The Wall Street Journal
23 May 2012
Sales of newly built homes in the U.S. grew faster than expected in April and home prices posted a solid gain the prior month, adding to the increasing momentum for the long-struggling sector.
New single-family home sales rose 3.3% from March to a seasonally adjusted annual rate of 343,000, the Commerce Department said Wednesday. That rate was better than the 335,000 pace economists surveyed by Dow Jones Newswires had forecast and 9.9% higher than a year earlier.
Meanwhile, home prices rose 1.8% on a seasonally adjusted basis in March from a month earlier, according to the Federal Housing Finance Agency’s monthly home-price index.
The “reports add to the steady flow of positive news on the housing market, underscoring that this beleaguered sector may finally be turning an important corner,” said Millan Mulraine, an analyst with TD Securities USA LLC.
Still, the pace of April new-home sales was far below historical levels. Since 1963, an average of 671,000 new single-family homes were sold per year in the U.S. Last year’s level of 306,000 sales was the lowest on record.
Wednesday’s report showed the number of new homes listed for sale at the end of April was 146,000. The supply would take 5.1 months to deplete at the current sales pace. Only 46,000 new homes were completed in April, the lowest amount on record, but dwindling inventories could boost future building.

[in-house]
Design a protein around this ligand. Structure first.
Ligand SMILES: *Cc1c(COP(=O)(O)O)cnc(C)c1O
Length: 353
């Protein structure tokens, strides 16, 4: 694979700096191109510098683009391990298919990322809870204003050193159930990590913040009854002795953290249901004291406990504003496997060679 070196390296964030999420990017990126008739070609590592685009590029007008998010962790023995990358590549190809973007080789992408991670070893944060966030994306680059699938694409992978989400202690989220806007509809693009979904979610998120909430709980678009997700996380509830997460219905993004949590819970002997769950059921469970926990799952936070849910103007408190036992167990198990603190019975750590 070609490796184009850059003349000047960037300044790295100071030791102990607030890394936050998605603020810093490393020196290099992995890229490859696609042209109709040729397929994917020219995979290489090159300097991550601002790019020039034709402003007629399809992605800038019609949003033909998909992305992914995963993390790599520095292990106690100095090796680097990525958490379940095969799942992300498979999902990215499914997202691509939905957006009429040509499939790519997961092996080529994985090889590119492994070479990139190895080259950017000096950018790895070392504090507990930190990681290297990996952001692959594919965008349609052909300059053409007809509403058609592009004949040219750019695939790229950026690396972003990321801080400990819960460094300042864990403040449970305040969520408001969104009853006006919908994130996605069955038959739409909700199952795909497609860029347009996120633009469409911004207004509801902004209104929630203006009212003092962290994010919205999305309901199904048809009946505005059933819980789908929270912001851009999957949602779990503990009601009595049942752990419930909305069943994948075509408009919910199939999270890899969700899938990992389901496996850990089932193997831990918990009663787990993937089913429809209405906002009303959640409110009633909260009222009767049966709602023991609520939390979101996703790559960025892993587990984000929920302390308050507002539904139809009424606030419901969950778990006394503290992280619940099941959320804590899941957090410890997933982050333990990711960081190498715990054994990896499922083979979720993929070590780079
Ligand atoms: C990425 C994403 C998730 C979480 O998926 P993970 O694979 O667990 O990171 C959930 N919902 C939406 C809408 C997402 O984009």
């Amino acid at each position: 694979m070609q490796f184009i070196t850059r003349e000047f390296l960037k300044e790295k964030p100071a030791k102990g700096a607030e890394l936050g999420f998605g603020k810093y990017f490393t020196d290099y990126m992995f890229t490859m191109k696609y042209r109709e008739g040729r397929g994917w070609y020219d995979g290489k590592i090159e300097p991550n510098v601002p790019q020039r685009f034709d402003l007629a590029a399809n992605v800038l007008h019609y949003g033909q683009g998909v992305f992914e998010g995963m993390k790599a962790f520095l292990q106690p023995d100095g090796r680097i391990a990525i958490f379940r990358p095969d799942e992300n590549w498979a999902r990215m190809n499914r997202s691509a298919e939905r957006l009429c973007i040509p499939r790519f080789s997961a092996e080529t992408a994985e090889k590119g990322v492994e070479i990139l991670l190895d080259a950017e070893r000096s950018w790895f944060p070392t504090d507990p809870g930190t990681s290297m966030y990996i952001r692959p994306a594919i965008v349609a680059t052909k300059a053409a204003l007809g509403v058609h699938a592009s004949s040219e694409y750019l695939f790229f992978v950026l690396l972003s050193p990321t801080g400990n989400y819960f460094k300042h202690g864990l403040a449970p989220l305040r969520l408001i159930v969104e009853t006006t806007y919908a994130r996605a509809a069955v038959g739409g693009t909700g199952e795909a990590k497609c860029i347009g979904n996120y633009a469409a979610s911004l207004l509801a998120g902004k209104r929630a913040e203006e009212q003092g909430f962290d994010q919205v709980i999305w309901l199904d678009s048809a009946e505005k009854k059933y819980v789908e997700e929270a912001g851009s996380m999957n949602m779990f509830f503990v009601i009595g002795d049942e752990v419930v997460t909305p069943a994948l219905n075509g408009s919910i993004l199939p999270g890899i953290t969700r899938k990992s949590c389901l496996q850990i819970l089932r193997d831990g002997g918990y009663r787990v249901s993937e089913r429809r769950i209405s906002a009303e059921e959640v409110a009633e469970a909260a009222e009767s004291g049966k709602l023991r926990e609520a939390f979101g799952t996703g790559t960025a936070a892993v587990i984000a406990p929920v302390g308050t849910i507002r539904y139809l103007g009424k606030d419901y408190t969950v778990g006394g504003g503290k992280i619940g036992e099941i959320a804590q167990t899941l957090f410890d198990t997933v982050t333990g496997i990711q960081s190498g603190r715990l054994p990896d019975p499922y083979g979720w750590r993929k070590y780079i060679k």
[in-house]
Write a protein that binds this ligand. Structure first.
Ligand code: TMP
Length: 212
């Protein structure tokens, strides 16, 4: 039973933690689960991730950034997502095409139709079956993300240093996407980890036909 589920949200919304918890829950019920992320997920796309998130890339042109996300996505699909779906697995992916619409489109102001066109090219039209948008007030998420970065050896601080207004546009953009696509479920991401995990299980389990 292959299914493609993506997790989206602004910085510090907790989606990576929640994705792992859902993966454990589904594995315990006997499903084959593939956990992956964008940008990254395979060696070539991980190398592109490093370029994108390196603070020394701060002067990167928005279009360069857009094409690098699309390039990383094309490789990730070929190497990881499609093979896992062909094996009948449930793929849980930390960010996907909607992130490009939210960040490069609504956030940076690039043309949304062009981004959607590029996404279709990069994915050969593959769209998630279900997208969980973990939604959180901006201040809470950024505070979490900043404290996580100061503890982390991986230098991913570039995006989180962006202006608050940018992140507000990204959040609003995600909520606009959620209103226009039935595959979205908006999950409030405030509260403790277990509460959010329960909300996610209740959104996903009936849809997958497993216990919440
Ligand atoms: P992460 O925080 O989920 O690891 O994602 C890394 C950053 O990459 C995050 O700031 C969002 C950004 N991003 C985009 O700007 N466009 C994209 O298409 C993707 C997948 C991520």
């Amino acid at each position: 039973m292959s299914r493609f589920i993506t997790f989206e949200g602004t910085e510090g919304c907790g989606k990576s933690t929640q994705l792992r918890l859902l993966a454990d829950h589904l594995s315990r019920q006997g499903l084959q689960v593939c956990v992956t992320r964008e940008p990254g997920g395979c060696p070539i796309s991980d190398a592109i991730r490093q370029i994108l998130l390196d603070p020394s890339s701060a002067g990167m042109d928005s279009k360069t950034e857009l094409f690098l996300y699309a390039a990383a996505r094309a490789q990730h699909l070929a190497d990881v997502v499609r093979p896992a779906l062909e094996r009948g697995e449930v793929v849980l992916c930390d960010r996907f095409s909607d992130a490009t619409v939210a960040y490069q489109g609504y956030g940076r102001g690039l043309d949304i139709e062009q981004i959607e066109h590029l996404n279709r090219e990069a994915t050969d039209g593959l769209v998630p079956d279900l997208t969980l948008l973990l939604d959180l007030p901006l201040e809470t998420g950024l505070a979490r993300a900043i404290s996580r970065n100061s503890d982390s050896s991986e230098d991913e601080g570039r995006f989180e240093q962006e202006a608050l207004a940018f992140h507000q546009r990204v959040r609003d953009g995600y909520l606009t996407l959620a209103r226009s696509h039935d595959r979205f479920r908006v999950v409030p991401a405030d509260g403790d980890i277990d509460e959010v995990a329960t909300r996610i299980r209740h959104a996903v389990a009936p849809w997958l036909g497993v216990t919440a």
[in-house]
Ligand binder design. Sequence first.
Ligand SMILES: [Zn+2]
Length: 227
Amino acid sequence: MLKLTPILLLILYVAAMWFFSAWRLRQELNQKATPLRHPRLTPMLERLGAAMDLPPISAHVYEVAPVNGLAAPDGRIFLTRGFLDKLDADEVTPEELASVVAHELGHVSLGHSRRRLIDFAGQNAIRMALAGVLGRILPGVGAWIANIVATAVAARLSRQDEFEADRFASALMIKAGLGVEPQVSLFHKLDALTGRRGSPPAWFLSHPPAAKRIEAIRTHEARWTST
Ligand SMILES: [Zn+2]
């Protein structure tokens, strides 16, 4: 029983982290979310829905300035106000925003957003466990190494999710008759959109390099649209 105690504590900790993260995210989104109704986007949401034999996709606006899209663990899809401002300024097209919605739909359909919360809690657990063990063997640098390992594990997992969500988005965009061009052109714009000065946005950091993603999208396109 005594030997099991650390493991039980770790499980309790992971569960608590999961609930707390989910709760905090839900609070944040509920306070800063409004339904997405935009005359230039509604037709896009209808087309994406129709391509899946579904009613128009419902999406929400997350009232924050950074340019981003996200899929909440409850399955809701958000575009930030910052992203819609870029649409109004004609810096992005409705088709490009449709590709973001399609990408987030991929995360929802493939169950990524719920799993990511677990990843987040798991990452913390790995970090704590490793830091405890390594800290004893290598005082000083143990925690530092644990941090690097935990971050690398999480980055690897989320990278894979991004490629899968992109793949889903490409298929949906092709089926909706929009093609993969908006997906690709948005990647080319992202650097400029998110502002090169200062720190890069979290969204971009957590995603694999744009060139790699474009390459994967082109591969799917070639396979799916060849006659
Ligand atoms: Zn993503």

The trend could “lead to a moderate pick-up in new single-family housing starts later this year” which would cause residential construction to contribute positively to economic growth in coming quarters, said Michael Gapen, an analyst with Barclays.
Residential investment hasn’t been a positive contributor to gross domestic product since 2005.
Home builder Toll Brothers Inc. on Wednesday reported to a bigger-than-expected profit. For the quarter ended April 30, Toll reported a profit of $16.9 million, or 10 cents a share, compared with a loss of $20.8 million, or 12 cents a share, a year earlier.
“The housing market has moved into a new and stronger phase of recovery as we have experienced broad-based improvement across most of our regions over the past six months,” said Chief Executive Douglas C. Yearley Jr., in the premarket statement.
Rising prices for existing homes also could be a positive development for builders that have struggled to sell new homes, which tend to cost more, when many markets were flooded with cheap foreclosed properties. However, the proportion of distressed properties to total sales is falling, helping prices to rise.
The FHFA report found that home prices were up 2.7% in March compared to a year earlier.
On a quarterly basis, home prices rose 0.6% in the January-March period from the last quarter in 2011. They were up 0.5% from the same quarter in 2011, the first year-over-year increase since the second quarter of 2007.
The FHFA’s index is calculated by using the prices of houses purchased with mortgages backed by government-controlled mortgage companies Fannie Mae and Freddie Mac. A reading of 100 is equal to the price of homes in January 1991. March’s index value was 185.6.